A new industry reporting scheme is set to allow tens of thousands of tonnes of previously unavailable biomass to be used in Renewable Heat Incentive (RHI). accredited projects. Crops for Energy (C4E) and Farm Energy Centre (FEC) have joined forces to operate a new scheme called the Sustainable Fuel Register (SFR).
The register will be the first industry led, self-sustaining approved supplier list. This will provide producers, traders and users of non-wood fuels with a simple way of meeting sustainability criteria required for compliance with the RHI. The SFR will be formally launched at Energy Now on 10 February 2016.
Users of wood fuels already benefit from the Biomass Suppliers List (BSL) which allows them easy compliance with the RHI. But, users of non-woody fuels have had no such scheme and have only been able to demonstrate compliance by self-reporting which is expensive and time consuming.
Kevin Lindegaard of C4E says
“We have created a simple and affordable scheme for users based on financing through user subscriptions scaled to take into account quantity of fuel produced, traded or consumed.”
Fuels covered by the list include Miscanthus grass, straw, grass, bracken and food wastes such as used coffee grounds. SFR will thereby provide additional routes to market for these products and reduce the amount of straw and other residues exported for a low price or discarded.
Jonathan Scurlock of the National Farmers Union (NFU) says
“The NFU believes firmly that all solid biomass fuels, whether from woodland or agricultural land, should be treated on a level playing field in order to maximise the opportunities for British farmers and landowners. Since last year’s introduction of fuel sustainability reporting, we have strongly supported FEC and C4E as having the right competencies to operate a more comprehensive Sustainable Fuel Register.”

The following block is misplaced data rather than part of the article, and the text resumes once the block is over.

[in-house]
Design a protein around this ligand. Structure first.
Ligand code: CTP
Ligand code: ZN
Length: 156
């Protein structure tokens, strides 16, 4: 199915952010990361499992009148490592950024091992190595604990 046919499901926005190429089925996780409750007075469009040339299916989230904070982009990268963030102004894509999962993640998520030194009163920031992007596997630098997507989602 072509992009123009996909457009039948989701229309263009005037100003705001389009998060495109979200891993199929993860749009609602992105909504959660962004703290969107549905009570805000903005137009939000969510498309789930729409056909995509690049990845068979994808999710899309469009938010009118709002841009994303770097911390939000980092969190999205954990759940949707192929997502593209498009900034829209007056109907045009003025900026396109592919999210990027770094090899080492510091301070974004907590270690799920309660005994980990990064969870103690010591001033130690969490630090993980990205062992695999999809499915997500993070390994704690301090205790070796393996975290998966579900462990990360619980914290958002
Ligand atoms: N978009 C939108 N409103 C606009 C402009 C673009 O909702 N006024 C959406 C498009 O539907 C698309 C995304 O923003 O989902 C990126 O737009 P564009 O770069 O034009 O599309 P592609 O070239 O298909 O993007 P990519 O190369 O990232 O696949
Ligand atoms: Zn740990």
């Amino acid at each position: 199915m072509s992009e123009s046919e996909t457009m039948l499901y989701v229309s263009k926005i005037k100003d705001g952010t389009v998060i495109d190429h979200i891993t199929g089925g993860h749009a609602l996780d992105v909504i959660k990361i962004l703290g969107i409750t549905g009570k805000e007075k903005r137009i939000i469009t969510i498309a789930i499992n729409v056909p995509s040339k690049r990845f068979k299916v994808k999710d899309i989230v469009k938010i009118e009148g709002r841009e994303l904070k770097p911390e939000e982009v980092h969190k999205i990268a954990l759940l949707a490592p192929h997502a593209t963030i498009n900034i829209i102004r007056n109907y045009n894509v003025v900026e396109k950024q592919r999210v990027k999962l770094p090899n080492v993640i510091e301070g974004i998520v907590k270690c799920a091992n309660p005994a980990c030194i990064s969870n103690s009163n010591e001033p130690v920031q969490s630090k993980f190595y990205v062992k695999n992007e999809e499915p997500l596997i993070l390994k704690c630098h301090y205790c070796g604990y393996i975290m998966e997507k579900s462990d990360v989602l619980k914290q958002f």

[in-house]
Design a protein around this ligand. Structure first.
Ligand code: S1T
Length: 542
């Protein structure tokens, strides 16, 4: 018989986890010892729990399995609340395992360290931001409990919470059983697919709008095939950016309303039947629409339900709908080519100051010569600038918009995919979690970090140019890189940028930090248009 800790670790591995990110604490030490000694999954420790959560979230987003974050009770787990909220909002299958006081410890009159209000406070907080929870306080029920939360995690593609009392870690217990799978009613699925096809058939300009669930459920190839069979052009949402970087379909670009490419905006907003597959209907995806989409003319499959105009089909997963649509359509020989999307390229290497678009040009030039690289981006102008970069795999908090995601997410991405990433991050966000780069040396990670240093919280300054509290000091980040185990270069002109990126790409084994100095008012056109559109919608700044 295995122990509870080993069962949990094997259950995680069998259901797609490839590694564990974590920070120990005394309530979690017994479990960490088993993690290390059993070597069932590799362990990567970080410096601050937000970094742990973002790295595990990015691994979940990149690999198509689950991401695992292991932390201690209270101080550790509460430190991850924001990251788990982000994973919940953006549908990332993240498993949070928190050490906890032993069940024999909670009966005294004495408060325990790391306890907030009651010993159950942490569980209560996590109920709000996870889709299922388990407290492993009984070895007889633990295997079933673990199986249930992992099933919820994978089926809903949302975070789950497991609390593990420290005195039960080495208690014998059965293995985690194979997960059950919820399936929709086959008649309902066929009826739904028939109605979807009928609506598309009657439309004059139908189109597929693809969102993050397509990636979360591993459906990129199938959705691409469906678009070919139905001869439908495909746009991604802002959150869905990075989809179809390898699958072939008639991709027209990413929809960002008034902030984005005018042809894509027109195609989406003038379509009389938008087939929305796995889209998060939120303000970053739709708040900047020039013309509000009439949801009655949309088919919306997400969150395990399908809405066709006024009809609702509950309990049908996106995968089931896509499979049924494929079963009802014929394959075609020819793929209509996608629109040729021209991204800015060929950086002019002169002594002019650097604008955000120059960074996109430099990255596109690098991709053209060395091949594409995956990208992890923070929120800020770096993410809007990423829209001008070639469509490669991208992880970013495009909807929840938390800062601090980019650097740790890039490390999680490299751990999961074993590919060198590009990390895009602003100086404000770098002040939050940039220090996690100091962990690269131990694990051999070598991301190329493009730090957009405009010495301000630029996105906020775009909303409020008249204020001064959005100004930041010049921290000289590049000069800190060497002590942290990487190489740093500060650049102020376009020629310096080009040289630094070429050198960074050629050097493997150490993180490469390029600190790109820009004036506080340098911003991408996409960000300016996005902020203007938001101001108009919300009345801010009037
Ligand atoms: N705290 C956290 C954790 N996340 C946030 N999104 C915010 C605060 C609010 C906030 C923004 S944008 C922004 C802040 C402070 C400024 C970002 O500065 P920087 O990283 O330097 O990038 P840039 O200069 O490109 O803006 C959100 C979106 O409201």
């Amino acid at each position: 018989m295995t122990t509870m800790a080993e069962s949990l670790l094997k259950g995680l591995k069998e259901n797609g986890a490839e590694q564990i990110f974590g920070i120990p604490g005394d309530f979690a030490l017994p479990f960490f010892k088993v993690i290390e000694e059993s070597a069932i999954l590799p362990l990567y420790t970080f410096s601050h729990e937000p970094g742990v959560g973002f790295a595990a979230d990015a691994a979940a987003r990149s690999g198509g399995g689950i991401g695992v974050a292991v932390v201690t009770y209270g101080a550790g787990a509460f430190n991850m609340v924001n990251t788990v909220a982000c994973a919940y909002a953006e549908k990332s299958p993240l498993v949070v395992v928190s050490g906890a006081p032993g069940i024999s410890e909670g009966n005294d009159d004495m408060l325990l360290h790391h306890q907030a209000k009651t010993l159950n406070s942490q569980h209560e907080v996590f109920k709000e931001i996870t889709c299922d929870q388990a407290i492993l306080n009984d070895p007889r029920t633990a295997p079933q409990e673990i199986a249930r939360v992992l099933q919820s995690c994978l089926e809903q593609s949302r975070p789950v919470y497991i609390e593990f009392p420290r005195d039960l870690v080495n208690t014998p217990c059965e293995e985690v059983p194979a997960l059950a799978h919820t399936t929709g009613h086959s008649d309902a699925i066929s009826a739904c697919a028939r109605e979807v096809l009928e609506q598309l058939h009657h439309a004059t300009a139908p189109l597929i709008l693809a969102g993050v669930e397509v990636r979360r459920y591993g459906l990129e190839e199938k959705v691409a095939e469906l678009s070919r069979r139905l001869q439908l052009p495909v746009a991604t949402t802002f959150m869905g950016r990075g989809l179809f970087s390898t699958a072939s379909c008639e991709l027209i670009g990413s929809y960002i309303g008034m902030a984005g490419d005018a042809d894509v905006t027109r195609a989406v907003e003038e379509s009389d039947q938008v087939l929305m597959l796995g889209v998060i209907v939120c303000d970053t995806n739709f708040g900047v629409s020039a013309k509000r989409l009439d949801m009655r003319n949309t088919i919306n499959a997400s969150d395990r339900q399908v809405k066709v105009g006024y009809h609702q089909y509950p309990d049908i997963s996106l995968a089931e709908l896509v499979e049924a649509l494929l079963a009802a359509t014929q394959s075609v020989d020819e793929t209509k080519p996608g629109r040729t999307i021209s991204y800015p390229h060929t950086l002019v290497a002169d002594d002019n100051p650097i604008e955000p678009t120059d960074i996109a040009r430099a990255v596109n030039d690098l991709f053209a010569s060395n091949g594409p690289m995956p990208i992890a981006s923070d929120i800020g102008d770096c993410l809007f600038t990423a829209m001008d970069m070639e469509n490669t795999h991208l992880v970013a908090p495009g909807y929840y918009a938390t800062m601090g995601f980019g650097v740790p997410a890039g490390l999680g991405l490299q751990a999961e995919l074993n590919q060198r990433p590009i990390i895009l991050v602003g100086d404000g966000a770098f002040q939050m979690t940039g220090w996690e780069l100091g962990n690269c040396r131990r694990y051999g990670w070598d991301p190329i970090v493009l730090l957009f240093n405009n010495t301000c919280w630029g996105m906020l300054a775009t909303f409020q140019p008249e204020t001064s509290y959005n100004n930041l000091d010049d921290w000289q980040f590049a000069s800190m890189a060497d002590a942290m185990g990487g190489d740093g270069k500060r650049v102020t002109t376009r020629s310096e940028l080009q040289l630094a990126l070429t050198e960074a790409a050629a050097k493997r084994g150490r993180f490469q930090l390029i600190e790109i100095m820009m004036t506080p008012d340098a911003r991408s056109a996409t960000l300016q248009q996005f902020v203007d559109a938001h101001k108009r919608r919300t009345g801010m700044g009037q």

A DECC spokesperson said
“The SFR will minimise the administrative burden on both RHI participants and fuel suppliers. This industry-led approach demonstrates the maturing market for biomass fuel and will play an important role in ensuring the continuing success of the RHI scheme.”
Notes for editors:
1. The Renewable Heat Incentive (RHI) aims to increase the amount of renewable energy production in the UK by encouraging the installation of renewable energy technologies for heating buildings or for processing activities. The scheme pays a tariff to participants with accredited installations. There are two schemes, the domestic and non-domestic RHI.
2. From 5th October 2015 the Government required that sustainability criteria must be met for all users of biomass fuel claiming the Renewable Heat Incentive (RHI).
3. Woody biomass sources which can be registered on the BSL are roundwood (hardwood and softwood), primary processing sawdust and chip, arboriculture risings, short rotation coppice (SRC) and waste wood.
4. Miscanthus is a perennial energy crop with the largest area in the UK with 10,000 hectares and straw yields around 10 million tonnes in the UK each year.
5. There are around 300-500 users of non-woody biomass under the non-domestic RHI. Currently the only route for users to demonstrate compliance with sustainability criteria is through self-reporting. This is complicated and can be expensive. There is currently no avenue for non-woody fuel suppliers to demonstrate that their fuel is sustainable.
6. Producers, traders and self-suppliers will be able to register by completing an application on the SFR website and meeting relevant criteria.
7. The UK Government’s Bioenergy Strategy was published in April 2012 and predicts that the greatest increase in domestic bioenergy supply will come from agricultural residues and energy crops.